While Kimmel's new novel does not have quite the draw of the layered mystery of her debut (In the Stone Circle), she adds a few innovative twists to the age-old conflict between winning popularity and doing the right thing. Eighth-grader narrator Jen has been best friends with Liv since they were small children, but ever since Liv has "clearly established herself as the leader" of middle school, Jen has been playing the role of her follower. Liv goes one step too far when she asks Jen to play a cruel trick on an unpopular girl at school. When Jen refuses, Liv turns all the girls in their crowd against her. The sting of rejection hits Jen at a time when she is plagued by other worries: her parents' impending divorce and her struggles with a school project (reading to an elderly shut-in, Miss Caples, once a week). After making a few feeble attempts at sharing segments of the Reader's Digest with Miss Caples, Jen opens up to her about her problems and, predictably, is rewarded with a great deal of understanding and sympathy. Unfortunately, the intermittent chapters that chronicle Miss Caples's thoughts seem less realistic, with a prevailing angry tone. As Jen's bond with Miss Caples strengthens, so does the teen's relationship with her mother and the unpopular girl at school, whom Liv has been tormenting. If the end of the story is pat, Jen's inner growth is convincing. Drawing a parallel between Miss Caples's past woes and Jen's current angst, the author conveys the universality of growing pains while promoting intergenerational communication. Ages 10-up. (Apr.) (c) Copyright PWxyz, LLC. All rights reserved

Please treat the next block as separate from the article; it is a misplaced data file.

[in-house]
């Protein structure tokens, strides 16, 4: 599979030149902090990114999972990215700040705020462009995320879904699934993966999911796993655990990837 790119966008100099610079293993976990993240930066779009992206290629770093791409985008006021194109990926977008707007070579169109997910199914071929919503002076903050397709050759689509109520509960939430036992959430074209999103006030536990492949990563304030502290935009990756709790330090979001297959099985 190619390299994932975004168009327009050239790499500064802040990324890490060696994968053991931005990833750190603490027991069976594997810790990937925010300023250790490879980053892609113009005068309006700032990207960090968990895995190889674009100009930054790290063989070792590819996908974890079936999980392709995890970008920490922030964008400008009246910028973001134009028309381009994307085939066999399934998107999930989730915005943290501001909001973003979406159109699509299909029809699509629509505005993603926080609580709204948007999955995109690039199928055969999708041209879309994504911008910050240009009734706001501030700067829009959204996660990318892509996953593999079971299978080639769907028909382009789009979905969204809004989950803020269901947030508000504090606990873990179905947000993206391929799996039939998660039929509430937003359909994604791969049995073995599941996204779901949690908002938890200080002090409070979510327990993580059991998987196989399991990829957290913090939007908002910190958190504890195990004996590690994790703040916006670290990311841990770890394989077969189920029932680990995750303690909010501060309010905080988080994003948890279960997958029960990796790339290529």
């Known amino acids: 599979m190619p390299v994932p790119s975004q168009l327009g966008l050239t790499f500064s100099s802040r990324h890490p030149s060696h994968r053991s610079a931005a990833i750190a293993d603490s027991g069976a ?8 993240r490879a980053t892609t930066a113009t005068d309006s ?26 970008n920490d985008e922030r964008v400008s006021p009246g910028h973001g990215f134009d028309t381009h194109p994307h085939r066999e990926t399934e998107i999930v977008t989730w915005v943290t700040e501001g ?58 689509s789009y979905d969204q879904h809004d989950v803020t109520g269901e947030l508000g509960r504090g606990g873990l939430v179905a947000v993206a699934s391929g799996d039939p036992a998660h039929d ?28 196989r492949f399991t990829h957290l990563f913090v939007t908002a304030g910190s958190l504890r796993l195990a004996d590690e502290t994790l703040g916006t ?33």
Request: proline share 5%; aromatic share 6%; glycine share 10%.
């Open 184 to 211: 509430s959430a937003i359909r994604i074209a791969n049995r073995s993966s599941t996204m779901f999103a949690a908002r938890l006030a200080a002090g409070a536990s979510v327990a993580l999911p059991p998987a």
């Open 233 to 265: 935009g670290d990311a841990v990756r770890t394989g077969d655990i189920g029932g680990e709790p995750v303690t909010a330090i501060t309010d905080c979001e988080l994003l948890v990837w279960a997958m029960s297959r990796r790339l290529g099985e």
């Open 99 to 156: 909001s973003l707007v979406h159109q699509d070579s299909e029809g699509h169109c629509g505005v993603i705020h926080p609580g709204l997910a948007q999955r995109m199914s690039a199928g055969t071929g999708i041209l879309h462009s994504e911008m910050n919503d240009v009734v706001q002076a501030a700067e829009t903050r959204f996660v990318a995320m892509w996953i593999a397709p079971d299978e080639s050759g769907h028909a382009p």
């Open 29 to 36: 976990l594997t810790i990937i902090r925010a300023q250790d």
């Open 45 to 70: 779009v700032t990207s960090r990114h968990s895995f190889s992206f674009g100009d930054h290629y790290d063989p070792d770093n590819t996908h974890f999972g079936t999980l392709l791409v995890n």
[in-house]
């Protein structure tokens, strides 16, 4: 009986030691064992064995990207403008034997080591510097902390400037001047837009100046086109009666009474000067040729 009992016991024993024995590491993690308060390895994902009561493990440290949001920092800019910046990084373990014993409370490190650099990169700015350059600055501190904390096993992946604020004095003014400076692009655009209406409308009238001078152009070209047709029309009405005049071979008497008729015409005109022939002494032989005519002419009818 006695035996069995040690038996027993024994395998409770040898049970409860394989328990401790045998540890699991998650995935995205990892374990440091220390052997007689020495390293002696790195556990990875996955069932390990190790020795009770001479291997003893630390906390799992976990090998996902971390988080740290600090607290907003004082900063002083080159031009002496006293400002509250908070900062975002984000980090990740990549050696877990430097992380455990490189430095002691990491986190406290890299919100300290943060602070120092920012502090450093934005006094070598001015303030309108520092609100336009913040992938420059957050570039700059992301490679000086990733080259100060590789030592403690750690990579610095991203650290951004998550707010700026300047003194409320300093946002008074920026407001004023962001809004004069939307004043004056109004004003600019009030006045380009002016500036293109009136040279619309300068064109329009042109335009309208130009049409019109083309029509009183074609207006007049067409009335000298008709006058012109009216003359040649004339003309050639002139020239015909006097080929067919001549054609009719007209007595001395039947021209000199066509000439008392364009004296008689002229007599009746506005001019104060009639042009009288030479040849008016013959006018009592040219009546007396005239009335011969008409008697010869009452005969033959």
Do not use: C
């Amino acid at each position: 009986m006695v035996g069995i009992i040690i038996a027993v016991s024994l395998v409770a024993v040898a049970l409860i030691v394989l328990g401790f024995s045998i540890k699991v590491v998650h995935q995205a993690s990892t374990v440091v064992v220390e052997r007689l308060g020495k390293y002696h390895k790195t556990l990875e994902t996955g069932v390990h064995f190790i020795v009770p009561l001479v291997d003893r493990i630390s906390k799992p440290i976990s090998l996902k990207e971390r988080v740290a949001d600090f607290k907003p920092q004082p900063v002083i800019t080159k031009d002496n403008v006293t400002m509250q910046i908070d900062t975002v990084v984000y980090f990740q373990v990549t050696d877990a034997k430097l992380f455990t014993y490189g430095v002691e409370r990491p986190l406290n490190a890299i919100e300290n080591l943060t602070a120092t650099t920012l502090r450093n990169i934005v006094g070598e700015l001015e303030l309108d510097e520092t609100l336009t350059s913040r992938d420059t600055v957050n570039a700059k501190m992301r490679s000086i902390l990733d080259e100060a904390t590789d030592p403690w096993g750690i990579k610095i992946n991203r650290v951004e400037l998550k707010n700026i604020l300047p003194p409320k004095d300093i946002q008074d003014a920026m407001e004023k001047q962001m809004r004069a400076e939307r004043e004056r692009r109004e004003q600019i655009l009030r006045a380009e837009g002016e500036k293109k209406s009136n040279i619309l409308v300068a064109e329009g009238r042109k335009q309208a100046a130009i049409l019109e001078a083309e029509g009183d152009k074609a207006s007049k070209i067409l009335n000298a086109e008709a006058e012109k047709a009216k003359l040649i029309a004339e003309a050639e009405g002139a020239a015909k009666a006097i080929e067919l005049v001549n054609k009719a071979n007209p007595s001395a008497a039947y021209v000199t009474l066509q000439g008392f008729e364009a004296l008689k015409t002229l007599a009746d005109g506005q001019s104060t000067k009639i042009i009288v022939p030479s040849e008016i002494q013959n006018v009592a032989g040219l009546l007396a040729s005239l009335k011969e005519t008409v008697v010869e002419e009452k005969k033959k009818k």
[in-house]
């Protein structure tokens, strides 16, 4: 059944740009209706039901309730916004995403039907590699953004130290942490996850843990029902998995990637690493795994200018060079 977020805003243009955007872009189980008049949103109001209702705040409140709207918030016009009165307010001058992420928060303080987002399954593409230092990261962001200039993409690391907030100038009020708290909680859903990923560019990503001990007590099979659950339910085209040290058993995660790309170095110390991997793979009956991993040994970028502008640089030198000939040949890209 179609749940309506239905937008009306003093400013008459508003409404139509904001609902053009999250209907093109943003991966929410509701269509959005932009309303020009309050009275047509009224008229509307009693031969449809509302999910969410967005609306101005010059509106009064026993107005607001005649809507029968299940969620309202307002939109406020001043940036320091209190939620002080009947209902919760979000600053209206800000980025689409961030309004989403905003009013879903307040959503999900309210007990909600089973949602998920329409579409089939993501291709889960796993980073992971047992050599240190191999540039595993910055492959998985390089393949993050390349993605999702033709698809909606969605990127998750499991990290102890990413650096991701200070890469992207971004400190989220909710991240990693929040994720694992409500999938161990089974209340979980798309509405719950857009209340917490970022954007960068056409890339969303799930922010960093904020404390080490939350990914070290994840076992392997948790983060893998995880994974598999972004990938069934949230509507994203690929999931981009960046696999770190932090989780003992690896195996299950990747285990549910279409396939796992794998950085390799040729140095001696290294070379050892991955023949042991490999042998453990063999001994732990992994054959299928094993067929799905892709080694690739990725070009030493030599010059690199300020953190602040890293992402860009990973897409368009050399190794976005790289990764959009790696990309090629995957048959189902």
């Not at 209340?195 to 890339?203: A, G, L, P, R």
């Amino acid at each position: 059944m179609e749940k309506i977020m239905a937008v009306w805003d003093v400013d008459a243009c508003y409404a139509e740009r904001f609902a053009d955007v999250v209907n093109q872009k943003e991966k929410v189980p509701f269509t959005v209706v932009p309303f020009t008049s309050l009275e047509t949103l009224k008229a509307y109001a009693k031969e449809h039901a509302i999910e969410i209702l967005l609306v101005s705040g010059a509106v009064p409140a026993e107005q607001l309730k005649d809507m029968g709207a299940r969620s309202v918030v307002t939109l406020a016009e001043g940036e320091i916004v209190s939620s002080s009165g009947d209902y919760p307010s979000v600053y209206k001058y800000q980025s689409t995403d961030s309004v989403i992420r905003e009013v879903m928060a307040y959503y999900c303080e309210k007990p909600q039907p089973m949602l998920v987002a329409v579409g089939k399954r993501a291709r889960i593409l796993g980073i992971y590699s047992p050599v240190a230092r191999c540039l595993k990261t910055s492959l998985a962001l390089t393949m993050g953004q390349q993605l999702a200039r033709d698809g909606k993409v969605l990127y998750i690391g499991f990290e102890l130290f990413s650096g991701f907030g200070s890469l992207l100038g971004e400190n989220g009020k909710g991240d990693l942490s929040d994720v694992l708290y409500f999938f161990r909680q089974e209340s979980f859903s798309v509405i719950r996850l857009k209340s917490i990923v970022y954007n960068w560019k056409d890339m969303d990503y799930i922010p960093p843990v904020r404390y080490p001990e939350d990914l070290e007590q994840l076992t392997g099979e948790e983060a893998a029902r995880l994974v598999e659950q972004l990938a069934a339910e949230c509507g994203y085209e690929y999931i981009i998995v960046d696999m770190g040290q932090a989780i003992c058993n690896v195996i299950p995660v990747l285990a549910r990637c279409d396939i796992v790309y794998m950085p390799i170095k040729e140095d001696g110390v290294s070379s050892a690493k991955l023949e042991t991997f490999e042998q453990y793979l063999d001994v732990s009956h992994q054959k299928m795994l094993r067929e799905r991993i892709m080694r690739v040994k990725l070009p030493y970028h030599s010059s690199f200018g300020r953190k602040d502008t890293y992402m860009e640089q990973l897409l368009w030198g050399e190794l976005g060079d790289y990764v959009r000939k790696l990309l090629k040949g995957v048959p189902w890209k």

School Library Journal Review

Gr 6-8-Reading to the silent, elderly Miss Caples for a school service project is not 13-year-old Jenna's idea of fun. It doesn't help that her parents' marriage is breaking up or that her best friend, the beautiful and ever popular Liv, callously urges her to drop the weekly visits. Nearly giving up on communicating with the old woman, Jenna wanders from her reading to comment on the fading photographs on the walls and shares her discomfort with Liv's cruelty toward the "nerds" at school and her expectations that Jenna follow suit. Sensing a chance to prevent a tragedy such as she herself caused many years ago, the icy Miss Caples thaws enough to share the regret of her lifetime. Displaying the same skillful use of first-person narration as she did in In the Stone Circle (Scholastic, 1998), Kimmel handles contemporary dialogue and the teen-clique scene well. Although there is a whiff of melodrama (a sensitive female is driven to the insane asylum and a box of long-hidden love letters come to light) and more than a dose of coincidence in the denouement, readers will strongly identify with the contemporary school setting and the playing out of a complicated friendship. Kimmel's message that integrity and kindness are more important than popularity is a good one.-Cindy Darling Codell, Clark Middle School, Winchester, KY (c) Copyright 2010. Library Journals LLC, a wholly owned subsidiary of Media Source, Inc. No redistribution permitted.